And let’s talk about that relationship for a second. Because some of us don’t have types. But most of us have an idea of the kind of relationship we want. We might not know, or have, the individual ‘parts’ just yet (the person) but we certainly have in mind the ‘form’ (relationship) we want it to take up. So is this more or less important, more or less reliable as an indicator of any sort of success or failure? We want a relationship that is stable, loyal, satisfying, in whatever ways and measures and metrics we’ve decided are important to us. Indeed in conversations with some of my friends, I know that at least some of them have given little thought to the person they might end up with. It’s almost as if ‘who’ the person is, is of little importance compared to ‘how’ they fit into this form. New or old planks, original or renovated, as long as it is the same form, it is the same ideal. The thing of it is, as humans, I think we’re naturally designed to never be quite satisfied enough. It’s that itching, nervous twitch in the back of our mind that constantly asks us ‘is this enough’ that drives us either to great success, or to go mad. Some of us use it to continually grow and develop, to adapt and achieve great results. Others become paranoid, self-destructive, our own saboteurs, uncomfortable with happiness or satisfaction. So what is there to guarantee that once we find the person who fits this ‘form’ that we are going to be happy, with no regard for ‘who’ the person is?
The only truth we can safely arrive at, is that there is no answer to this. That’s why the ‘ship of Theseus’ is a paradox and not just a pub trivia question. To whatever aspect of our life we find the ship to be relevant to, we’re not meant to arrive at a conclusion. We’re meant to reflect and ruminate, to ponder with patience and perseverance. It keeps us aware, mentally and physically, and tethers us to reality. I’m no more ready to completely disregard types as I am to simply walk around with a cookie cutter and see who fits into it. And if I ever get tired of thinking about relationships (perish the thought), the ‘ship of Theseus’ has become such an important philosophical conundrum that I can find examples of it everywhere. In France there is the proverb of ‘Jeannot’s knife’, basically if the handle and the blade of a knife are replaced, is it the same knife? In movies, animation, and comics, the Japanese title Ghost in the Shell often wrestles with matters of humanity and soul when humans, almost completely replaced with cybernetic enhancements and prosthetics, wonder where their humanity actually lies. In Japan, Shinto shrines have a very beautiful and sacred symbolic ritual wherein the entire shrine is dismantled and, on the same foundation, it is rebuilt with entirely new wood. This is meant to symbolize a cycle of renewal and rebirth, yet it remains, in spirit, the same shrine, built with wood from the same sacred woods. In 2013, the Ise Grand Shrine, one of the most famous and notable Shinto shrines, was rebuilt for the 62nd time.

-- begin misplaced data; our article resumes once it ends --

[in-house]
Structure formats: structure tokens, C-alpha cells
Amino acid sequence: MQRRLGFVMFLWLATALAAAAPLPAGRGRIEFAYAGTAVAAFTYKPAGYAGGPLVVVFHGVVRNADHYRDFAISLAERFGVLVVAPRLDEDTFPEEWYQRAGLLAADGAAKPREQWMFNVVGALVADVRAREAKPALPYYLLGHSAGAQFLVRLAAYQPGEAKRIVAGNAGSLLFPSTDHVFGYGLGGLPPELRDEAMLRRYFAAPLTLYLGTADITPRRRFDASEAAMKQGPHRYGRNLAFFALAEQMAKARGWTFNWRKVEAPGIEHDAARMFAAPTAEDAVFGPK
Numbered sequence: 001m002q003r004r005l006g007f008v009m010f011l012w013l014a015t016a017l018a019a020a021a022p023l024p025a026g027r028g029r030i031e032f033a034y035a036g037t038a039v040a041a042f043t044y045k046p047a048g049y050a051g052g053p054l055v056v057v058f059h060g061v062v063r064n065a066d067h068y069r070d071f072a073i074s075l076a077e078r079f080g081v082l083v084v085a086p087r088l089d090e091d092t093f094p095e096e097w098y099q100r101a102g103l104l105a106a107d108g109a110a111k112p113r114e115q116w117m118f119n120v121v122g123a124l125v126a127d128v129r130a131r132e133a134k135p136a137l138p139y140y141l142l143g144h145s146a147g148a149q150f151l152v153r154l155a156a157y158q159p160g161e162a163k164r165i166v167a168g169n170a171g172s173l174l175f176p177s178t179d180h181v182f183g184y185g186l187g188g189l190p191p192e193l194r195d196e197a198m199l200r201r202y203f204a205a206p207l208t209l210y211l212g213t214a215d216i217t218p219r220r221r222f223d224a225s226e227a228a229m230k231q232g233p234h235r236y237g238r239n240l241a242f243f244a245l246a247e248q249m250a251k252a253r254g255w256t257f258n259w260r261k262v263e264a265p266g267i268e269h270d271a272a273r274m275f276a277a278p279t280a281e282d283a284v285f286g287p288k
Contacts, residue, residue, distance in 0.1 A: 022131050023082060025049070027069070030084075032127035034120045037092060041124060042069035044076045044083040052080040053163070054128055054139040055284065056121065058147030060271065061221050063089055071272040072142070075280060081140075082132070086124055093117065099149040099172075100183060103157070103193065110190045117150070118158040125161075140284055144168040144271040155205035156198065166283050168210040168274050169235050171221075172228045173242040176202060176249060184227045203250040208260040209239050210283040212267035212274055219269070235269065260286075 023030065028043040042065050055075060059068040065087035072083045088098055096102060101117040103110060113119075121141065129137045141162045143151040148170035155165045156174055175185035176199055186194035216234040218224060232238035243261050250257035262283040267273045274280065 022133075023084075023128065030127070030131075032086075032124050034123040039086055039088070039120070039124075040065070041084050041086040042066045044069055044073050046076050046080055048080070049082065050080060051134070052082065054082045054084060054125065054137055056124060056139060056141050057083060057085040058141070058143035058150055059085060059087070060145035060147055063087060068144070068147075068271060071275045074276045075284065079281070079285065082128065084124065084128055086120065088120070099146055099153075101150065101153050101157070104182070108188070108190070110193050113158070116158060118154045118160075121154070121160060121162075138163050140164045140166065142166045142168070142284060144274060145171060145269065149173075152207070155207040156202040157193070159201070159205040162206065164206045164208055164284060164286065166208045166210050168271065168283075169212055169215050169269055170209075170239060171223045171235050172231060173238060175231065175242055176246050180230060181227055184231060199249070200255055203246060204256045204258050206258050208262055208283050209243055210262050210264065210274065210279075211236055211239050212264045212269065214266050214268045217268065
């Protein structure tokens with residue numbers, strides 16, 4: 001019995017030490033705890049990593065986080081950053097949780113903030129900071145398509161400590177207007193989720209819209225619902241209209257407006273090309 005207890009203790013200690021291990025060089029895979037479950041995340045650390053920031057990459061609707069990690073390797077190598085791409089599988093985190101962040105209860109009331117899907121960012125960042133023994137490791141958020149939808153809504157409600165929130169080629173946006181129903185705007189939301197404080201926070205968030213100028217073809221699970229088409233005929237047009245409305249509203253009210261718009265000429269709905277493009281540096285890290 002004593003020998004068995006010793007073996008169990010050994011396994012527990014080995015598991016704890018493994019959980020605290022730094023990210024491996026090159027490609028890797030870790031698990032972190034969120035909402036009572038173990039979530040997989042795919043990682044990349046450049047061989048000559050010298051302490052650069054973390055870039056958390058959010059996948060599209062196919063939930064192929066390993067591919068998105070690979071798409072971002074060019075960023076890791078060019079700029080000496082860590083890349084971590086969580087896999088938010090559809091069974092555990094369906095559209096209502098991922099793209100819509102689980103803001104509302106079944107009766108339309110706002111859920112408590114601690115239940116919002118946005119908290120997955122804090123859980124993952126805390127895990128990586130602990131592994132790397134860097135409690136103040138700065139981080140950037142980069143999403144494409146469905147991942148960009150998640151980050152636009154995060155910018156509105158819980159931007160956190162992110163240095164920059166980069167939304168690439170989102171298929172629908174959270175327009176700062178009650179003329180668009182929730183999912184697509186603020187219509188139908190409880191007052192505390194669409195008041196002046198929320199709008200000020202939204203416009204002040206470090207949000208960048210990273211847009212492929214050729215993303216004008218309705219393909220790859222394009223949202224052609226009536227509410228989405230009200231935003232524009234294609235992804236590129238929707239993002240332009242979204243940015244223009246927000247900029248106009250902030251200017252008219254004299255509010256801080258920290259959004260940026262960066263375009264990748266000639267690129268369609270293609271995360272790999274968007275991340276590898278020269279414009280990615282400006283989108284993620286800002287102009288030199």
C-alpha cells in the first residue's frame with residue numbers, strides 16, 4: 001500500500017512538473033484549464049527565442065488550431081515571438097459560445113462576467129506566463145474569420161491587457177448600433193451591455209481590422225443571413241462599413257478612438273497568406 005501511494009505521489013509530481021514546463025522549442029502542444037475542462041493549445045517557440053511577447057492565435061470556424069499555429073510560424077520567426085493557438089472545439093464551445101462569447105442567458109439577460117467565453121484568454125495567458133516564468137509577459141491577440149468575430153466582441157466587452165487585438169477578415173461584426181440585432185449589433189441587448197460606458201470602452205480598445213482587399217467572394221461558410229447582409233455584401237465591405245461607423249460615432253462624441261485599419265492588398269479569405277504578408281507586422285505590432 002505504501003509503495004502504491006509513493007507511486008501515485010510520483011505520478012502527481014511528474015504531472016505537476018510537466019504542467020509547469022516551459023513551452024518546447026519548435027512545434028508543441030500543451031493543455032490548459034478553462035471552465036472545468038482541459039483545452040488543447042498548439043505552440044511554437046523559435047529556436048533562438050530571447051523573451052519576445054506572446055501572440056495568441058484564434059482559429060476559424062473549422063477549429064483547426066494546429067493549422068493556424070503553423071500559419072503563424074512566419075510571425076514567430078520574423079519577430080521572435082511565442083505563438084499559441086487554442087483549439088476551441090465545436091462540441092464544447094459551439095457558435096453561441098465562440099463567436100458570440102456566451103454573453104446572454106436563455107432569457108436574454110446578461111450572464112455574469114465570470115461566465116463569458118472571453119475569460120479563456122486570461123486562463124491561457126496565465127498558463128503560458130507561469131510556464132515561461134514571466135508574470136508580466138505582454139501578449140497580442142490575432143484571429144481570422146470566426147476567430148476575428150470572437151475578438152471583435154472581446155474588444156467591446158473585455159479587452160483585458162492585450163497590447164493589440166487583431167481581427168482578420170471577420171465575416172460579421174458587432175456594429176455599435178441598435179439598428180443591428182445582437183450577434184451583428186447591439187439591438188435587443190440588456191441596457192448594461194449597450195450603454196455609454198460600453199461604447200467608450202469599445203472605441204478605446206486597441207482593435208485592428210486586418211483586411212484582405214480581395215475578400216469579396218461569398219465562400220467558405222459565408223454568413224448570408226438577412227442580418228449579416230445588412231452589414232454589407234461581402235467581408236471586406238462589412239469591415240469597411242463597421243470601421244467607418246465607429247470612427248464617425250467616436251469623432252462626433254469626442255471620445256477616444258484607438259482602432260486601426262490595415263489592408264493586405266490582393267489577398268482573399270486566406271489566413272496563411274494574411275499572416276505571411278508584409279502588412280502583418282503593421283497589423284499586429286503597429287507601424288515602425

I am anxious to ensure that I don’t just fall back into old habits, or continue to pursue the same relationships with the same results. I will keep these thoughts and lessons in mind, and hopefully if at least the Man is different, the path will be as well.
Man: 329 Loneliness: 33